iPod Nano Horizontal Encased
By comparison with Bifold, iPod Nano Horizontal Encased didn’t make a lot of sense to us. It opens up like a change purse with two silver snaps on its rear, revealing a long horizontal hole so that you can insert the nano on its side. Once the two snaps are closed, nano’s two sides and back are completely protected, but its top, bottom, and face are largely open. There’s a thin strip of leather covering part of nano’s top, a thin strip between nano’s Dock Connector and headphone ports, and two holes on the front for nano’s screen and Click Wheel.
Though the case looks fine, nano doesn’t sit perfectly flush with the front holes when it’s closed, an alignment problem that we’ve seen in certain other early leather nano cases as well. Because of the thin leather strip on the bottom, this is the only one of the iPodstreet leather cases that you may need to fidget around with to make compatible with oversized headphone plugs; the other cases’ bottoms are open enough that it’s not an issue. All things considered, we’d really have preferred the company close off the case’s top and Dock Connector on the bottom entirely, and put protectors on the screen and Click Wheel. With roughly the same amount of material, Bifold above does a better job of protecting nano - particularly its scratch-sensitive screen - in virtually all regards.
iPod Nano Jacket (with and without Trim)
iPod Nano Jacket is the simplest of the five designs. Most of its exterior is thin, simple black leather that covers the nano’s sides, top, and most of its front - holes are left for the screen, Click Wheel, bottom, and all four corners, most generously the top left near the Hold switch. Inside and on the case’s back is a soft black fabric, with a small amount of front and rear reinforcement to keep the case stable when not on a nano.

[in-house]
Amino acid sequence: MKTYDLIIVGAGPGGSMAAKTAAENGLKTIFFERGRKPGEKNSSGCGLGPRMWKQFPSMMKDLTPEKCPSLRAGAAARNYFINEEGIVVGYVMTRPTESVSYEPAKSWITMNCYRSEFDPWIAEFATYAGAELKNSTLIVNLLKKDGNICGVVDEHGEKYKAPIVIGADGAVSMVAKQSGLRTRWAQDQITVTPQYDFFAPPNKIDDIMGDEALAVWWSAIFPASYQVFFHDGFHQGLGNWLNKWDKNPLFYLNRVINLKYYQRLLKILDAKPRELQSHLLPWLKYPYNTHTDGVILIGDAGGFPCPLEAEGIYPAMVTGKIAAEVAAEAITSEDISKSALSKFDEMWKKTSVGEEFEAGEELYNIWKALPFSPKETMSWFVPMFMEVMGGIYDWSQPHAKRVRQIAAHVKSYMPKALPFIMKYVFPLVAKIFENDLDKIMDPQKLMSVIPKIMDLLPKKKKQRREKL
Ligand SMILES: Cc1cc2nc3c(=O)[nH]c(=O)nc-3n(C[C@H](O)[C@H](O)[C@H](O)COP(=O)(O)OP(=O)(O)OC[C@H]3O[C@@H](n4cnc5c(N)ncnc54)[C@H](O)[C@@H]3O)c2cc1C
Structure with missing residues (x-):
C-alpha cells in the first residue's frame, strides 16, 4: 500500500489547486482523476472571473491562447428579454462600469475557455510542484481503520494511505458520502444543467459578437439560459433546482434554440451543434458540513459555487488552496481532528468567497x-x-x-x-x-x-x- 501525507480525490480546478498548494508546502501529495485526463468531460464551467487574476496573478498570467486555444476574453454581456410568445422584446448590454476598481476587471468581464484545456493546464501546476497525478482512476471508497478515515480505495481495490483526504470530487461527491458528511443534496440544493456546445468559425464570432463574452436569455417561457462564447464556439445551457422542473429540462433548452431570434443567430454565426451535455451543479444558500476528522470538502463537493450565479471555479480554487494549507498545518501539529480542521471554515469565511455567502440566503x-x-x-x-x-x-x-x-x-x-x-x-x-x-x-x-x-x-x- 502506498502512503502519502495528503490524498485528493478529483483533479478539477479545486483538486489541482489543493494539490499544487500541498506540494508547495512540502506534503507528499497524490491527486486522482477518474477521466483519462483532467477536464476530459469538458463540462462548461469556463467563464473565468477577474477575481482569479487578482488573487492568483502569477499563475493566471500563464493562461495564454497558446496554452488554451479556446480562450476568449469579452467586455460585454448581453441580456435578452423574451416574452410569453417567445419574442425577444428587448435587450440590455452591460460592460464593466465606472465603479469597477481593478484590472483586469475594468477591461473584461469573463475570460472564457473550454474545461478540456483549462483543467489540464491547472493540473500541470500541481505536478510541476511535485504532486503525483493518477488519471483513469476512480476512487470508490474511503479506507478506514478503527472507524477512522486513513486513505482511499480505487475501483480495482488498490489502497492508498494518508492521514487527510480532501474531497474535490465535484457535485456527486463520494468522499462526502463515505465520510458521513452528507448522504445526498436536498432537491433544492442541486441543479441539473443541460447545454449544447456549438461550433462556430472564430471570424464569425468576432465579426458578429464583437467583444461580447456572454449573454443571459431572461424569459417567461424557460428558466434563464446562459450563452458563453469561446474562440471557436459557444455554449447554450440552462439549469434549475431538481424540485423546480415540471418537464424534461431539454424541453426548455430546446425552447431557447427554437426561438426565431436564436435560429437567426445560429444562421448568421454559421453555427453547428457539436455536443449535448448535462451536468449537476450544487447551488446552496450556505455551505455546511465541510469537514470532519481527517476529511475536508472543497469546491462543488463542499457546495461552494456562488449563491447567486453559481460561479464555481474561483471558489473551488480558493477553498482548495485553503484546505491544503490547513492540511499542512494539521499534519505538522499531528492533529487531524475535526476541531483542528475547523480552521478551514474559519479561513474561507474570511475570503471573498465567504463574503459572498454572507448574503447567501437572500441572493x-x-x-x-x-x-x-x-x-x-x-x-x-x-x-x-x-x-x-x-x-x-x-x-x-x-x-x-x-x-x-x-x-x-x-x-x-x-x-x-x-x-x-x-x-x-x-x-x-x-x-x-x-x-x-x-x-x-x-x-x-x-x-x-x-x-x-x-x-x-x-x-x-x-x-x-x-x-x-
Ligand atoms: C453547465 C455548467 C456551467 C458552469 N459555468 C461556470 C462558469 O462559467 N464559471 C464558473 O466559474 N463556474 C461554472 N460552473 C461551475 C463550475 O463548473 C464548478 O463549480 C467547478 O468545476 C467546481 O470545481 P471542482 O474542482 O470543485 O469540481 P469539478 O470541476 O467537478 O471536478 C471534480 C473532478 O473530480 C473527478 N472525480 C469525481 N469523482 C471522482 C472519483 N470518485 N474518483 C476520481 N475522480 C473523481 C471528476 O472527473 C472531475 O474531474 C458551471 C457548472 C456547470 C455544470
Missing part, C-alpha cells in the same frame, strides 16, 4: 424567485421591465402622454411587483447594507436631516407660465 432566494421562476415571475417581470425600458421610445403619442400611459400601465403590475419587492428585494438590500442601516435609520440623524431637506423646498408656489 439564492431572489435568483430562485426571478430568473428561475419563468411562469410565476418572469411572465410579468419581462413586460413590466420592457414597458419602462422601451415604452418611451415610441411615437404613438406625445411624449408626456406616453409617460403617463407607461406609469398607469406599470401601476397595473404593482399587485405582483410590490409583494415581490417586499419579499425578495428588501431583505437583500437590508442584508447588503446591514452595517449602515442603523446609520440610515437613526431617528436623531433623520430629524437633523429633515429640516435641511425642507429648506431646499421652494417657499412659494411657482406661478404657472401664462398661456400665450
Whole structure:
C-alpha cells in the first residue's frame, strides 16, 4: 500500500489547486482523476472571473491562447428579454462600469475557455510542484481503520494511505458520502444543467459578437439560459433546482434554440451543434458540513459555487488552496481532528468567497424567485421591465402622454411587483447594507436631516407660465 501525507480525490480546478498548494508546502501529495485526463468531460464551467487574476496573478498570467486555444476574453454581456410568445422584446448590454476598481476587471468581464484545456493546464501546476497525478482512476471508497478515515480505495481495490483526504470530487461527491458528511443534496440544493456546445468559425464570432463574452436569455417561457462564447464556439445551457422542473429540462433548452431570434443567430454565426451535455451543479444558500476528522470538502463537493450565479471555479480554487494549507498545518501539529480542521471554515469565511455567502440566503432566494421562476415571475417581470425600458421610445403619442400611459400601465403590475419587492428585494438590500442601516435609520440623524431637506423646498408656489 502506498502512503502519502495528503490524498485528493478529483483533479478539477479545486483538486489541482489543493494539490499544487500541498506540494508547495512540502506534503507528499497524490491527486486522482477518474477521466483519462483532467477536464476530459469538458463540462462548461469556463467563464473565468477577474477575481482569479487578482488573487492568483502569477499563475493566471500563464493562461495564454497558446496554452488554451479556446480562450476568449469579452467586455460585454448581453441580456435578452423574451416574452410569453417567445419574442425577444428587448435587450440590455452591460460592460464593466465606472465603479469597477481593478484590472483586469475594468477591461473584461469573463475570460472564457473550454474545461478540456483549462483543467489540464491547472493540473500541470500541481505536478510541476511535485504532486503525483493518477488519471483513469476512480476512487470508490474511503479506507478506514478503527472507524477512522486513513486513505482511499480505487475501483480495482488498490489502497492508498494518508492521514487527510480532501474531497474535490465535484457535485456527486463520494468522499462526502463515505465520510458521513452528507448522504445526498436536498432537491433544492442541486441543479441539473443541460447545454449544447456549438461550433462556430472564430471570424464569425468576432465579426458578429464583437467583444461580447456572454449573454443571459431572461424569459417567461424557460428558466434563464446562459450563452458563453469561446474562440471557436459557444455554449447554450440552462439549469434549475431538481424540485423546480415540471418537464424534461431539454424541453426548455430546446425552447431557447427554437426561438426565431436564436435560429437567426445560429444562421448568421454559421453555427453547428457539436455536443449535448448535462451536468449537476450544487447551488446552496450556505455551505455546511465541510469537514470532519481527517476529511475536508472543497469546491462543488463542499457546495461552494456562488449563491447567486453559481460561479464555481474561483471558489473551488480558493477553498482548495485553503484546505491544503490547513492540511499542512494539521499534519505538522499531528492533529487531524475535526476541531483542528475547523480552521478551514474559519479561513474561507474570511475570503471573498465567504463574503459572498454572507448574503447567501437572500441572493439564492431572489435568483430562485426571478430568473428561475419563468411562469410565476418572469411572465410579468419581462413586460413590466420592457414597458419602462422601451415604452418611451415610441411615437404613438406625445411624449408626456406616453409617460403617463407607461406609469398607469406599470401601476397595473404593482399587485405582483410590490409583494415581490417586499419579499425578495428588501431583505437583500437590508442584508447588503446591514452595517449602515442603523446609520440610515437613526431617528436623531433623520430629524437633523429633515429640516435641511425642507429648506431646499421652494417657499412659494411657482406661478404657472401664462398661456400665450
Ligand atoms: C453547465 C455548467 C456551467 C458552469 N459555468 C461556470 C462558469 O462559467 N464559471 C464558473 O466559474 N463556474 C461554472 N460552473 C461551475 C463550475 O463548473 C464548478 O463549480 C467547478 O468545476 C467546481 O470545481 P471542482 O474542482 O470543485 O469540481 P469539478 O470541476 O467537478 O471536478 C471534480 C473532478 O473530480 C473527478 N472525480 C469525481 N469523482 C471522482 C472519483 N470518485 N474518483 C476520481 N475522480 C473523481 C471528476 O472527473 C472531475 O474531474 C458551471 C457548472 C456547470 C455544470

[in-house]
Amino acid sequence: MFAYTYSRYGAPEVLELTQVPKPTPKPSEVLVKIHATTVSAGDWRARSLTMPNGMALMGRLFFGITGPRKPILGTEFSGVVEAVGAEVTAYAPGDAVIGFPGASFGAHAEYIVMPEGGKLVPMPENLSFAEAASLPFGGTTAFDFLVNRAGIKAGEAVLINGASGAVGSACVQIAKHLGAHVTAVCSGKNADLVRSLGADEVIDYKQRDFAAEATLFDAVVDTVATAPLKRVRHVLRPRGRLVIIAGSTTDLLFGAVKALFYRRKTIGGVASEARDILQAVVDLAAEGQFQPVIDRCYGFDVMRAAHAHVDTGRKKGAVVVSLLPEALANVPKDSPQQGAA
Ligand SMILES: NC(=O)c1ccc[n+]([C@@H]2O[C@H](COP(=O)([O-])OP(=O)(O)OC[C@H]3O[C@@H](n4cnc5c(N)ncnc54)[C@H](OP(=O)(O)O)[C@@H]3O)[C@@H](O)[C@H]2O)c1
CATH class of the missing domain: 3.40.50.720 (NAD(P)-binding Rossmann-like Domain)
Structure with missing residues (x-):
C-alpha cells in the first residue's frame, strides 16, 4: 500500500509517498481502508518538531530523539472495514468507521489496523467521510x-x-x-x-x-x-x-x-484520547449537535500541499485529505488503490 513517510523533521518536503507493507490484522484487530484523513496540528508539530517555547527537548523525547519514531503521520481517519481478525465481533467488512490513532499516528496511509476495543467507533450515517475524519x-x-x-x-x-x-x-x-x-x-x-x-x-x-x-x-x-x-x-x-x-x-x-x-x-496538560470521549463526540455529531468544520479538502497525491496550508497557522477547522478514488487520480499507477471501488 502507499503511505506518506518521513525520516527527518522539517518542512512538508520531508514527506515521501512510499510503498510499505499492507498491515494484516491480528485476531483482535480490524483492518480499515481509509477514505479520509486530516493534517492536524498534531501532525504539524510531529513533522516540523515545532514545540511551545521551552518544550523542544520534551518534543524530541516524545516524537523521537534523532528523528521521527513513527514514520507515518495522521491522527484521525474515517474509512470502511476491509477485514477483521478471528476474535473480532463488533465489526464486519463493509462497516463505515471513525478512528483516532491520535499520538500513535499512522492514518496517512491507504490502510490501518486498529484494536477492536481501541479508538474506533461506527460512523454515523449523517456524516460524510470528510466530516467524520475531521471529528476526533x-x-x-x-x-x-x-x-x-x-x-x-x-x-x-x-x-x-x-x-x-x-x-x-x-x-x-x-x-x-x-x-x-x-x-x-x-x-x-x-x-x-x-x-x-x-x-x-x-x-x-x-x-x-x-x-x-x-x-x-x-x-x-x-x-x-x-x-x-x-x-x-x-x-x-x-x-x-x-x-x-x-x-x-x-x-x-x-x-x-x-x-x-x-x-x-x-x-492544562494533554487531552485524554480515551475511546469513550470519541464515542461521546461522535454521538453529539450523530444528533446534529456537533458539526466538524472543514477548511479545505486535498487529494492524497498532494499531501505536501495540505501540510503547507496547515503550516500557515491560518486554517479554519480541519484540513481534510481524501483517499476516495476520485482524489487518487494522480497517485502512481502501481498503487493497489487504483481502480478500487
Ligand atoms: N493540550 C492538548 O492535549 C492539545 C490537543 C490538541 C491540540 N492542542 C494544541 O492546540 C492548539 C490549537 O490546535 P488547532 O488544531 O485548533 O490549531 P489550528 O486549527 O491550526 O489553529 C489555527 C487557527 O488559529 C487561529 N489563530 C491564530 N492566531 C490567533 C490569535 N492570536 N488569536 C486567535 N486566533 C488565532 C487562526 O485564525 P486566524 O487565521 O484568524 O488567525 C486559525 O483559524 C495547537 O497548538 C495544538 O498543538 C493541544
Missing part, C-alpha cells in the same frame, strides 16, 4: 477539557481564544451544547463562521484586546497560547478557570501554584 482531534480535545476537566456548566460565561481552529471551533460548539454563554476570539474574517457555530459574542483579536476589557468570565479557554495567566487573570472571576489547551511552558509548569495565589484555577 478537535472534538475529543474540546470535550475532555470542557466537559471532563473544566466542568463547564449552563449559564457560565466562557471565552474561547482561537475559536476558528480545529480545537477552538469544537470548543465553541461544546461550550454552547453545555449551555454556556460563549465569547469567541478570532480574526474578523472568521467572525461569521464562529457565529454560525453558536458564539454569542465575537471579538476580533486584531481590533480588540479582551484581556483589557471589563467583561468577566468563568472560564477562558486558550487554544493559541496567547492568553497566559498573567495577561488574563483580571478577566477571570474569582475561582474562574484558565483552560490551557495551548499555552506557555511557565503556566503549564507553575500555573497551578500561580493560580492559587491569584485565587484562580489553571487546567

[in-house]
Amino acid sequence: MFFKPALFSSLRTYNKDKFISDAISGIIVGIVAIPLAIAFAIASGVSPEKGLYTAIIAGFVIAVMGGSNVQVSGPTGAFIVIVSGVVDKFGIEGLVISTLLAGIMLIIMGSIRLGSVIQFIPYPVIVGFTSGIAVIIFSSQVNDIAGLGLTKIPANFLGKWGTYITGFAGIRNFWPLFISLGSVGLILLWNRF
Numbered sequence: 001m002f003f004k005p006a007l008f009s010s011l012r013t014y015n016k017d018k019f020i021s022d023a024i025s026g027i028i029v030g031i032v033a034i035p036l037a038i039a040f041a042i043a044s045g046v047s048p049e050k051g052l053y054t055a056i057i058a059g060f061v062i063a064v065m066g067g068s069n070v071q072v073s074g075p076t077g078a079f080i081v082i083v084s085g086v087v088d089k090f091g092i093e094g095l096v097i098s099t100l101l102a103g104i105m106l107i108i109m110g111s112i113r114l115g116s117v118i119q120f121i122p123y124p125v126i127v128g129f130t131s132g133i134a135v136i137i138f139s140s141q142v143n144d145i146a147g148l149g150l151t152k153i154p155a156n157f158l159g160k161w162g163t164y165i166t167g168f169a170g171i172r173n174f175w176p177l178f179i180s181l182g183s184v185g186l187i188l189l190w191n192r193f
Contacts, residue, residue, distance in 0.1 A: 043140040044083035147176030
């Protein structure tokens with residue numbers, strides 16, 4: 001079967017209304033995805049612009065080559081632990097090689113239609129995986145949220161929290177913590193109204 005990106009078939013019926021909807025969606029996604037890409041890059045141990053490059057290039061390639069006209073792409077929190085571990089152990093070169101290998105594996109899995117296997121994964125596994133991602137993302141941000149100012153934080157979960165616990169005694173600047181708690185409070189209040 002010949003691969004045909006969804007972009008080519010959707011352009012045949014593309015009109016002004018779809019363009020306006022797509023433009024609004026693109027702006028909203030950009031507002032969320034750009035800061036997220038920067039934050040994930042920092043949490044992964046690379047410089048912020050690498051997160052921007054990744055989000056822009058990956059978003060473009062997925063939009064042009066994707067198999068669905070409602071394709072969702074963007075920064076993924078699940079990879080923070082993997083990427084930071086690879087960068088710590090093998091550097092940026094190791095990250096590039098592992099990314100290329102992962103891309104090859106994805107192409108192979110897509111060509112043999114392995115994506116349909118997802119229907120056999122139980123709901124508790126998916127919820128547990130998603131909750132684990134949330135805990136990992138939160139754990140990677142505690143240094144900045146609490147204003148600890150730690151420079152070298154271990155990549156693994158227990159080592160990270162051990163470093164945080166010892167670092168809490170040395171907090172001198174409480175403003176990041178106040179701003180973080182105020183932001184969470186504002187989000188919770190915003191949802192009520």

We’d characterize the case as bland and simple, much like the generic leather cases that have appeared at the $20 price point for earlier iPods. Its only unique addition is a leather belt loop on its rear, which is thin enough not to add too much bulk to nano’s body. There’s a single hole in the bottom left corner of the Jacket’s back, for reasons that aren’t clear.
iPod Nano Jacket with Trim is a slight evolution of the standard Jacket design, clearly inspired by Incase’s prior-generation iPod mini Handcrafted Leather Sleeves. Practically, this means that the Jacket includes white thread on its sides and also around all of its holes, but unlike Incase’s design, the thread isn’t precisely sewn or especially nice-looking.
While the case protects all of the same surface area as the standard Jacket, it lacks the rear belt loop - a fact that we preferred because of the reduction in thickness - and has a full leather back instead of a fabric one. Like Jacket, for some unclear reason, there are two holes in the back of the case near nano’s bottom, suggesting that a lanyard may have been planned for inclusion, but none comes with the case or is advertised.